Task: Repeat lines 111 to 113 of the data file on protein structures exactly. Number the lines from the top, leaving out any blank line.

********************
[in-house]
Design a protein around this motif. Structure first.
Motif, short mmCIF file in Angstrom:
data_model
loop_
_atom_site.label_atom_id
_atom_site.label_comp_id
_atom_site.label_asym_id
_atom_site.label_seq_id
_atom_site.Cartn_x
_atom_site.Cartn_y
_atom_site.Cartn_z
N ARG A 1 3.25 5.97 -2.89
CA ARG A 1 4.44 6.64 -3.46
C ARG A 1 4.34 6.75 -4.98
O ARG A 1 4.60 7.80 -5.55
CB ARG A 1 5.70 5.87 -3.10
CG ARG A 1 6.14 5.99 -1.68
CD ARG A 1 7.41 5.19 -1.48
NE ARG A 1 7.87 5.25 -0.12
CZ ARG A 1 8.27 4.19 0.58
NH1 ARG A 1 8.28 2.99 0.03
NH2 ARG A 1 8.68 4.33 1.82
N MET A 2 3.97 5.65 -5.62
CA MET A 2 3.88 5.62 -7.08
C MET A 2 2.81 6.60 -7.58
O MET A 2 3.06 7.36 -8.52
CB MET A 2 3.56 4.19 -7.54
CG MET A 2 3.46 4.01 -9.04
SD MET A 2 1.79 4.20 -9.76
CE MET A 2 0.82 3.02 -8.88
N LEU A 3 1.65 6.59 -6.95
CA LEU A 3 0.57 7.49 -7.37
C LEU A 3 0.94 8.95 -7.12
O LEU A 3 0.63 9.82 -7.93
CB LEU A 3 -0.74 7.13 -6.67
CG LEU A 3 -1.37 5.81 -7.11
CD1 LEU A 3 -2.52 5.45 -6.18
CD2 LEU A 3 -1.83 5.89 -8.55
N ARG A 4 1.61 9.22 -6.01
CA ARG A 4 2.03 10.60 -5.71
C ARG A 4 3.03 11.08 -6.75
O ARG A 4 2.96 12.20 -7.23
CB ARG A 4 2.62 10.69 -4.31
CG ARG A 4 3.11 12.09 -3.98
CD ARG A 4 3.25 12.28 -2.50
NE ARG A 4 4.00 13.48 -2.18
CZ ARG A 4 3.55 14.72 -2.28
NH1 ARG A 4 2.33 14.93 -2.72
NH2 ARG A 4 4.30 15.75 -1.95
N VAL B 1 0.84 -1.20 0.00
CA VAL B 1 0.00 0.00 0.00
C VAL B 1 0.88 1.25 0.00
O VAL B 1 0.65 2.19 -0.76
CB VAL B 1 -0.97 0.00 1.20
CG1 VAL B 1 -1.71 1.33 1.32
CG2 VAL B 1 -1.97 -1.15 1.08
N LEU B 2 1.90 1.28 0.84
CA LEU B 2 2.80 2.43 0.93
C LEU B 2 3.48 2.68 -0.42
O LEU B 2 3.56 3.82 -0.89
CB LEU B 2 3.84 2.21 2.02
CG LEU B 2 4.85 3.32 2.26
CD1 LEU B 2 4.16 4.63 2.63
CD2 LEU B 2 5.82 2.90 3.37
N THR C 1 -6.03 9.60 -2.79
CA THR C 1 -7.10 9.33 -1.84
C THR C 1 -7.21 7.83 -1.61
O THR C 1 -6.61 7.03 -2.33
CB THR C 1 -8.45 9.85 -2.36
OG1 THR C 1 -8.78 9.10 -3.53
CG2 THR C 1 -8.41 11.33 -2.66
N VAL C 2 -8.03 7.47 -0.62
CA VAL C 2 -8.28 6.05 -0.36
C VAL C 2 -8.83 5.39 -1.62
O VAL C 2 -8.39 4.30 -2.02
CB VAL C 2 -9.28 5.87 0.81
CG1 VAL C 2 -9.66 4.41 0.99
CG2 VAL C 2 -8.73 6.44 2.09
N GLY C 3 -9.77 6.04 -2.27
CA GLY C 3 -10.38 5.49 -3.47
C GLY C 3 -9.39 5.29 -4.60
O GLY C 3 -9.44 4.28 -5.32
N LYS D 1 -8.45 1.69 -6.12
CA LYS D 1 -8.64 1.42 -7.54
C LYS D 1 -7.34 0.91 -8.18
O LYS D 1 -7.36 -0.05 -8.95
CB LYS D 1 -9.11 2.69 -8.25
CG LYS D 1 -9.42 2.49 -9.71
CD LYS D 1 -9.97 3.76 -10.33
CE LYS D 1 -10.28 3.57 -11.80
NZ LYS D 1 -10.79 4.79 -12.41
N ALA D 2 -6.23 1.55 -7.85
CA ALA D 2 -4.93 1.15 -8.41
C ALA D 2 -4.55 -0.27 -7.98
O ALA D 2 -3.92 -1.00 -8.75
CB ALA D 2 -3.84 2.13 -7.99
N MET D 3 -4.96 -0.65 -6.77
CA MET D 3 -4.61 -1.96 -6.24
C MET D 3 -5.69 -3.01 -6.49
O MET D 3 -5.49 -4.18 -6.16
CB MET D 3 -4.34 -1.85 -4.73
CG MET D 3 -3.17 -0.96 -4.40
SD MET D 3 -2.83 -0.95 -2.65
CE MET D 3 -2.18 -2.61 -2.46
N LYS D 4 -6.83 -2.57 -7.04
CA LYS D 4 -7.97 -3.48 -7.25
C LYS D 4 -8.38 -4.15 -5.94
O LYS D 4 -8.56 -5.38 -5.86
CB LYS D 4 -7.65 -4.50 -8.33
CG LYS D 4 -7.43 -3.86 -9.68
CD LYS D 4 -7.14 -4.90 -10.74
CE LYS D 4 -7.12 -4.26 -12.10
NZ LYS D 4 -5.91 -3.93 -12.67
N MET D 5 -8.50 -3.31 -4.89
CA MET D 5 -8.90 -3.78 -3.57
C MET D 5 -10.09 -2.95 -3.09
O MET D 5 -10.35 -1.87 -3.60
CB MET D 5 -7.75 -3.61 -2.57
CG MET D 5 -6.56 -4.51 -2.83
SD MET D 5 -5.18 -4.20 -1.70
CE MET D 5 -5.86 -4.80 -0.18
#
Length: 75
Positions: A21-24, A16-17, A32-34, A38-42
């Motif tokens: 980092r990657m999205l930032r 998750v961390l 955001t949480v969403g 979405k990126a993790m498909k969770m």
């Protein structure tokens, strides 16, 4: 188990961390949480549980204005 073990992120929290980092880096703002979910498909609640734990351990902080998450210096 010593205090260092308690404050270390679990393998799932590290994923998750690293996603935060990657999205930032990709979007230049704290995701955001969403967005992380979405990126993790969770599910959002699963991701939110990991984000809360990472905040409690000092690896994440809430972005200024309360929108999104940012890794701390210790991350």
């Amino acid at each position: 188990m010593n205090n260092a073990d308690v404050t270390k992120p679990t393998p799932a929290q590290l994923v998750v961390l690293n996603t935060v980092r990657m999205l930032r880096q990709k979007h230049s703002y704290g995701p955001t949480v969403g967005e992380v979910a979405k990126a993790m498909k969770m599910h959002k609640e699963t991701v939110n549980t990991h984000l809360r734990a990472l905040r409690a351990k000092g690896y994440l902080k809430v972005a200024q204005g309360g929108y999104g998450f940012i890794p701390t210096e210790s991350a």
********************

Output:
CG LYS D 4 -7.43 -3.86 -9.68
CD LYS D 4 -7.14 -4.90 -10.74
CE LYS D 4 -7.12 -4.26 -12.10